Training is never meant to be easy, but for those who push themselves hard indoors and outside there is often a common observation: indoor training feels harder and invariably requires greater commitment and higher energy output.
The question is: why?
One of the main factors that contributes to higher perceived exertion indoor vs outdoor is heat. We took an in-depth look at heat in the first edition of Rouleur Performance. However, wind velocity, body position and attention also play a role in creating unique differences between indoor and outdoor exercise performance.
Firstly, though, let's look at the advantages of indoor training.
Why we train indoors
Most cyclists complete indoor and outdoor training sessions over the course of a season. The decision to train indoor vs outdoor may be dependent upon the weather, personal preference or (in more recent times) public health restrictions.
Even in the best conditions, though, indoor cycling does create a better environment for the most intense exertion without fear of losing focus on bike handling or your surroundings. Anyone who has tried to complete an FTP test outdoors will know how tricky it can be to find a stretch of road where you can truly empty the tank uninhibited by traffic, undulations and technical corners where the gas must come off.
Add to that the infinite variables surrounding outdoor training and sensors — power meters are affected by atmospheric pressure and temperature outdoors, which can reduce their fidelity. Indoors, the controllables are easily controlled.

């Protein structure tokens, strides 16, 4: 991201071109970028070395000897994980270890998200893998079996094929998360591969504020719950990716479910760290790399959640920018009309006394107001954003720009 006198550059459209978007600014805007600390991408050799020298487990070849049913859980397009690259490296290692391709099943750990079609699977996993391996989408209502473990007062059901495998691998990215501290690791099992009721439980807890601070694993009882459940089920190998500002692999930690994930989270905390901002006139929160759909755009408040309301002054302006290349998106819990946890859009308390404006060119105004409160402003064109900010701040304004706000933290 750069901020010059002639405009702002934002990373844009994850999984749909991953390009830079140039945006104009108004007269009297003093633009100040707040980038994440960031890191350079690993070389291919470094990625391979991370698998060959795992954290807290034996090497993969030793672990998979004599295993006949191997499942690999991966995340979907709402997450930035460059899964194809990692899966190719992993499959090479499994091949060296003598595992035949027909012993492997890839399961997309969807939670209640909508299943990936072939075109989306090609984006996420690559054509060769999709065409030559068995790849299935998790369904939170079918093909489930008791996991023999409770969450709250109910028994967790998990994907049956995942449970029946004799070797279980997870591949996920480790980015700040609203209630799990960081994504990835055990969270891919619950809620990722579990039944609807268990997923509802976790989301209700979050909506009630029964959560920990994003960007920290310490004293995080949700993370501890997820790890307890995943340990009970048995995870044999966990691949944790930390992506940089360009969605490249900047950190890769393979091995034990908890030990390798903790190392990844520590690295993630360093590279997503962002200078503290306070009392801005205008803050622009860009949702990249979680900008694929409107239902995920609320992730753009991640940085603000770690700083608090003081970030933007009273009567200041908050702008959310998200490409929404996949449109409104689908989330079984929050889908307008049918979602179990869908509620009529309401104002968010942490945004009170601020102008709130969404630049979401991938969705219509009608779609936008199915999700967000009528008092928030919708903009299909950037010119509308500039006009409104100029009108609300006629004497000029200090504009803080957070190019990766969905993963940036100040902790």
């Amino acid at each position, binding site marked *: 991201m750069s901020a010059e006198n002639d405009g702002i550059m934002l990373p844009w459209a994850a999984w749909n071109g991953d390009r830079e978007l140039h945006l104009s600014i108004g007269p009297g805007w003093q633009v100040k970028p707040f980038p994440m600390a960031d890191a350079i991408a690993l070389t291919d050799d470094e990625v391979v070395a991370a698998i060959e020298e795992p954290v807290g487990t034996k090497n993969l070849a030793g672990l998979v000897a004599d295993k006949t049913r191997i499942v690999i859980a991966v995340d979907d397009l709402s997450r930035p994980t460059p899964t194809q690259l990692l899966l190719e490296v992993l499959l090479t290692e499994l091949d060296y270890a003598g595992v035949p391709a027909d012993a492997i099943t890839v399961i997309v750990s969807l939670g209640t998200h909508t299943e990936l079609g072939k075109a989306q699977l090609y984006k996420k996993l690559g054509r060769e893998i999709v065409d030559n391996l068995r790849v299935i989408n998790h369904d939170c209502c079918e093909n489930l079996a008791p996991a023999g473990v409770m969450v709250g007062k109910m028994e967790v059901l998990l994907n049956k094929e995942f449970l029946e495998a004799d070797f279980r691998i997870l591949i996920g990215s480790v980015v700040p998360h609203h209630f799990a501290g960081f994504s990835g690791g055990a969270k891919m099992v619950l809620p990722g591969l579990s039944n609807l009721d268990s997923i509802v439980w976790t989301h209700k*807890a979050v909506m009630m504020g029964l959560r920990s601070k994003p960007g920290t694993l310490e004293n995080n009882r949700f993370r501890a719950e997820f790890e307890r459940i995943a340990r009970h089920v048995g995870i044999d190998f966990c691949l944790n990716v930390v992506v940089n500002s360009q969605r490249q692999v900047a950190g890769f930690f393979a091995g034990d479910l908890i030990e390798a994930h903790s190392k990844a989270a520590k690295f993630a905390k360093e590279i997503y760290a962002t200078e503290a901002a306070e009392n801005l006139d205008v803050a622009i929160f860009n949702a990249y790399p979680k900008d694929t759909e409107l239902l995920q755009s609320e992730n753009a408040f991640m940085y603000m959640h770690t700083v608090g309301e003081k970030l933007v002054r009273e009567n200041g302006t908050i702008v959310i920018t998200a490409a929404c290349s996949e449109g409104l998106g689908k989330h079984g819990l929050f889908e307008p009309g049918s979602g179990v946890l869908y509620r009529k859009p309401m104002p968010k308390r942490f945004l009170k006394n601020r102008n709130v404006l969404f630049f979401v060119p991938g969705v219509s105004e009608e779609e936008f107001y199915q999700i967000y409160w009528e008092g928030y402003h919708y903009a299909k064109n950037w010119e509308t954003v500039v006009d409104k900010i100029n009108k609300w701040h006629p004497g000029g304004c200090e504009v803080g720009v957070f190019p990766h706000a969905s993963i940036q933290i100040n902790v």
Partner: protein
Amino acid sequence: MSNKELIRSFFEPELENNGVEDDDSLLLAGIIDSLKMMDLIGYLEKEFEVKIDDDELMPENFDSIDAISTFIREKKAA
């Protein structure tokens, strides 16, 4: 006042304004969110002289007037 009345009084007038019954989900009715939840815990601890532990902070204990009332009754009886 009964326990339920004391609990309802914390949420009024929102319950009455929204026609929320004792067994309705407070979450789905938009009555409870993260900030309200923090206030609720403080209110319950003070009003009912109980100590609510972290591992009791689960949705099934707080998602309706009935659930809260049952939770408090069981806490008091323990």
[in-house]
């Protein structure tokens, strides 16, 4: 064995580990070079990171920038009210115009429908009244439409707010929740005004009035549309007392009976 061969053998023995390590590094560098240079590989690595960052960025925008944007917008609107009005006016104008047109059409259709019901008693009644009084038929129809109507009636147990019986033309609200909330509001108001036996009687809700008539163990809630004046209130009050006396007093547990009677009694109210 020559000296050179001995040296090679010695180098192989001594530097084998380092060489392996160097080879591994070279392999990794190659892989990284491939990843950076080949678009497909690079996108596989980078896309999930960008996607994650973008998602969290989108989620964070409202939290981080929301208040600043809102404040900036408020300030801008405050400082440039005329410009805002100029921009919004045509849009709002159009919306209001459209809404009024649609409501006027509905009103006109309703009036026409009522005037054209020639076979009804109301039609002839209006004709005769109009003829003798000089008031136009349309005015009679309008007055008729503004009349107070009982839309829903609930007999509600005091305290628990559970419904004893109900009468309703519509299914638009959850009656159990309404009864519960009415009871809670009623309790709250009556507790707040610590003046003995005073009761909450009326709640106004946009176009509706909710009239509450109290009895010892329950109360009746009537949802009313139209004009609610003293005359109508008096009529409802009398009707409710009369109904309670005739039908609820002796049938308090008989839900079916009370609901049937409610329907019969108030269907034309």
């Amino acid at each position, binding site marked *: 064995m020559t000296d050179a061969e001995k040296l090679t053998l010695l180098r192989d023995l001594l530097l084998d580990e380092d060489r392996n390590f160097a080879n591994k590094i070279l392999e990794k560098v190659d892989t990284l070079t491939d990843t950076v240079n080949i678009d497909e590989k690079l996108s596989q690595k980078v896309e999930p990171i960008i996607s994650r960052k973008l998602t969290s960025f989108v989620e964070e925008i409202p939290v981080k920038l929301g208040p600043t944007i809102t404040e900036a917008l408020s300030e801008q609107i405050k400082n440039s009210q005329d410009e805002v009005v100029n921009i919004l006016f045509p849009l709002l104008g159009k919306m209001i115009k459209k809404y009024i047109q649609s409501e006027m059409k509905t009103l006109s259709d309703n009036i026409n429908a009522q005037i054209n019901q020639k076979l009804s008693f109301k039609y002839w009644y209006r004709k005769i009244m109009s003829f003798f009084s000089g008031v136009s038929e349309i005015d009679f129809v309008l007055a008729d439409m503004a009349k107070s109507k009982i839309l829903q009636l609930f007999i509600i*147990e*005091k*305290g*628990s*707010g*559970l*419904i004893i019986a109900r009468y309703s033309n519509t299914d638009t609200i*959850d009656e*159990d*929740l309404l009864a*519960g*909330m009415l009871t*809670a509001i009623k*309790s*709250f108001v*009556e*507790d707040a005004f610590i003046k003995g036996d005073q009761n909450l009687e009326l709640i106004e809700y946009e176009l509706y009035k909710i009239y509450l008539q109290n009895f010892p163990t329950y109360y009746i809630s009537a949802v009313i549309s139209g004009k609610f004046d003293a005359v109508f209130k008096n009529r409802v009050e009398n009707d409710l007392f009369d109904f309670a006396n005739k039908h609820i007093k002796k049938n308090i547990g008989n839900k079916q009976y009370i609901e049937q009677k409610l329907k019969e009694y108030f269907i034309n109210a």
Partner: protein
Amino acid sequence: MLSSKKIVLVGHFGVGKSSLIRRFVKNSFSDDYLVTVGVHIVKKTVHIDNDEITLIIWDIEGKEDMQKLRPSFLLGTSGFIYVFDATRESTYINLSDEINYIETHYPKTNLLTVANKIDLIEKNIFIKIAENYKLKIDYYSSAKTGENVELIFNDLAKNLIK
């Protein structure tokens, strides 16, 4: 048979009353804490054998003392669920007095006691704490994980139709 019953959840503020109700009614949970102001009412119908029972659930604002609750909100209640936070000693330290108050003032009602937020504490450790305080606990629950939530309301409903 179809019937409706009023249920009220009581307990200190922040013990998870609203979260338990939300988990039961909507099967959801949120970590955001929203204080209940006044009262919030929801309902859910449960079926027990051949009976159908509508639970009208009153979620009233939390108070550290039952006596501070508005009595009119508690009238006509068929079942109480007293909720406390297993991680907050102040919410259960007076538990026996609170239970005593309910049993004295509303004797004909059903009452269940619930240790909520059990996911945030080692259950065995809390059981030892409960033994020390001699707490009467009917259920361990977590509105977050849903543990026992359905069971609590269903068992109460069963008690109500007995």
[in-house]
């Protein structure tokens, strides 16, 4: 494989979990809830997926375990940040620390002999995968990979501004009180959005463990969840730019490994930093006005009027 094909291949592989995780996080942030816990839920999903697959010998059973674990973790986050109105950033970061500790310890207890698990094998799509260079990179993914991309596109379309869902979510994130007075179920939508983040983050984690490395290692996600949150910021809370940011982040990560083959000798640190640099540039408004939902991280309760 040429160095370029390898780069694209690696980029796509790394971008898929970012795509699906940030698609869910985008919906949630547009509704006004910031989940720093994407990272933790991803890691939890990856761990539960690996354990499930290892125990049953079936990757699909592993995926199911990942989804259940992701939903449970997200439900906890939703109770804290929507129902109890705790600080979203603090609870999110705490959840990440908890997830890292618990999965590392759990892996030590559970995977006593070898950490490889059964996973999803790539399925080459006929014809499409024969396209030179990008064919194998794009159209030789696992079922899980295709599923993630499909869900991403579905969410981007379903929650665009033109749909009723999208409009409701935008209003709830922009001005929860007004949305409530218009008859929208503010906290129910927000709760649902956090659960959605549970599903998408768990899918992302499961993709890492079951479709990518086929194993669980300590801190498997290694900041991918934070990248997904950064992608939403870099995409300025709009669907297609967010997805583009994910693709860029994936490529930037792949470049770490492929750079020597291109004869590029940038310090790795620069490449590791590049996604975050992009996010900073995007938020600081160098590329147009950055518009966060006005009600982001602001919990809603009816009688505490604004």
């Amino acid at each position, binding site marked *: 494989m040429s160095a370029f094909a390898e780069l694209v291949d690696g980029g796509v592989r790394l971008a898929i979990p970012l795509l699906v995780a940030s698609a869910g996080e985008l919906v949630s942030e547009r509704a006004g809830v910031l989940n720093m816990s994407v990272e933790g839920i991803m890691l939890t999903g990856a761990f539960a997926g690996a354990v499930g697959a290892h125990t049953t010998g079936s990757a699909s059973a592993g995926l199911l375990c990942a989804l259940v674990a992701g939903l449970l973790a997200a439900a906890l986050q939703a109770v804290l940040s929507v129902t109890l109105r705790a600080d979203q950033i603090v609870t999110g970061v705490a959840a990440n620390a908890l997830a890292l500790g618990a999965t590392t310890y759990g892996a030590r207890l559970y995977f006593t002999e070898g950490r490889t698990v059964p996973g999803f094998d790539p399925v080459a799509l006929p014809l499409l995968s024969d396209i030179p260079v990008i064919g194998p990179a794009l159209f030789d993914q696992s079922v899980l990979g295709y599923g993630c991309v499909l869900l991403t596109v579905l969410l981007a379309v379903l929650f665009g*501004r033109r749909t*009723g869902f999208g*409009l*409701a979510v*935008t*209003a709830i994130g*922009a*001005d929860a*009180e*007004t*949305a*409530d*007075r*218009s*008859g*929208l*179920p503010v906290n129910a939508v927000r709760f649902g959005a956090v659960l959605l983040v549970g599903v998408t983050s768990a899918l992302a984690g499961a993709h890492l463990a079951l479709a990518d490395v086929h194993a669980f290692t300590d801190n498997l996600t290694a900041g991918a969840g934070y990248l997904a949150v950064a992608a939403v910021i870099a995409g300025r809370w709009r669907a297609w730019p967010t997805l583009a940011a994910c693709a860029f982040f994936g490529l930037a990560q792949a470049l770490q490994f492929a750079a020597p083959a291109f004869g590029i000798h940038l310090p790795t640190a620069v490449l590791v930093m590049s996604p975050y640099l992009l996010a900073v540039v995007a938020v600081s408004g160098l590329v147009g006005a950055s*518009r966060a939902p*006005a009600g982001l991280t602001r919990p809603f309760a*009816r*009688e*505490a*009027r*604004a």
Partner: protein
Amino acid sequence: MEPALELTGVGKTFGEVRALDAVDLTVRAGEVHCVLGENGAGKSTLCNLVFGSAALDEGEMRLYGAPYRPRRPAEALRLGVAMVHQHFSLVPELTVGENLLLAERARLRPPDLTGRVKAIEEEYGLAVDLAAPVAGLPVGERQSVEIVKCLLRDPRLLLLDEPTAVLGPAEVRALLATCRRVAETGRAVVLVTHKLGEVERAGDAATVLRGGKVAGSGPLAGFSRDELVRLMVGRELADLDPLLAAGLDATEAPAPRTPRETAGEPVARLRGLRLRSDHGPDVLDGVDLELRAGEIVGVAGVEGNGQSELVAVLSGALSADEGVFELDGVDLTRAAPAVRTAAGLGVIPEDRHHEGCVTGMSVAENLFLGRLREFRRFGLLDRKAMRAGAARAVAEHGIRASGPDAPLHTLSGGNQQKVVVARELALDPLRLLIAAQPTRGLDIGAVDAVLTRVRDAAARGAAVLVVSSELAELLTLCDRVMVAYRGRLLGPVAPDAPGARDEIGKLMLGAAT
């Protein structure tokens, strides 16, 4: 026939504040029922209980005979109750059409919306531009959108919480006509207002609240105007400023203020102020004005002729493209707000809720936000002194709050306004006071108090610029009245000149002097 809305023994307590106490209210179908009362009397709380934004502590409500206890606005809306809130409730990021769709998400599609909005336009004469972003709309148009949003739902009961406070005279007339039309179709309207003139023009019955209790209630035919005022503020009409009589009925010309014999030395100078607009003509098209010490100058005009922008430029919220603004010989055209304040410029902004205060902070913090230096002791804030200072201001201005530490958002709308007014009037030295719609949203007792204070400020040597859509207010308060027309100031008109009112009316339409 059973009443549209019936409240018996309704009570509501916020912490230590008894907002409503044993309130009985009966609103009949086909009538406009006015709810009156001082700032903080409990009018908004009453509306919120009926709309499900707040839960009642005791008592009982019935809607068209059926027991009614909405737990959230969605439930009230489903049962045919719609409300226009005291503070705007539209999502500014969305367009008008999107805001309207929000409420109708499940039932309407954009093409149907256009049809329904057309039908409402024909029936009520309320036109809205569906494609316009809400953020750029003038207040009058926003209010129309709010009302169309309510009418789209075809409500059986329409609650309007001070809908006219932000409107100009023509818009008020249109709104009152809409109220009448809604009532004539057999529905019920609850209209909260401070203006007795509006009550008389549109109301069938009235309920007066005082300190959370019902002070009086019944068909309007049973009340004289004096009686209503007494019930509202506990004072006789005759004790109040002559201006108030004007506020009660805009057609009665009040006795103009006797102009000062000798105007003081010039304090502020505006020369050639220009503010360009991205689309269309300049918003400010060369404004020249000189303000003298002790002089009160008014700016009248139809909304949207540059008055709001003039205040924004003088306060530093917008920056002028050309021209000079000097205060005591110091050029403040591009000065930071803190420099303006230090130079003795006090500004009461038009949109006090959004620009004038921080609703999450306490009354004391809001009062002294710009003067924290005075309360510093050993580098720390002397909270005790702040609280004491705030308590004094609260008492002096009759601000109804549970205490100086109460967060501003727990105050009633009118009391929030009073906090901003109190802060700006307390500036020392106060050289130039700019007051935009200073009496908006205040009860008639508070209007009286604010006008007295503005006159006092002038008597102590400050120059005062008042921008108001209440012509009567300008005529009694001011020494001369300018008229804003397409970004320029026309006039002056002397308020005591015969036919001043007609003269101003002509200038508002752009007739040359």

However, the fact that indoor training can feel so much harder is also a reflection of the fact that often the conditions are far from optimised.
So, let’s look at why indoor training is harder, and how we go about mitigating the effects.
A significant factor which makes indoor training more demanding is wind velocity. When training indoors, it is a good idea to install one or two fans that can replicate the constant circulation of air that’s occurring when you ride on the road.
However, no matter how good your indoor training setup, artificial air circulation is ultimately inferior to the wind created by a moving bicycle and the prevailing meteorological conditions.
Natural air circulation envelopes the entire body and has been shown to lower skin temperature more effectively than similar conditions in a lab. It has been reported that male cyclists riding at 60% VO2max for 1hr in the wind (outside) had skin temperatures that were reduced by 0.68 degrees compared with indoor trials.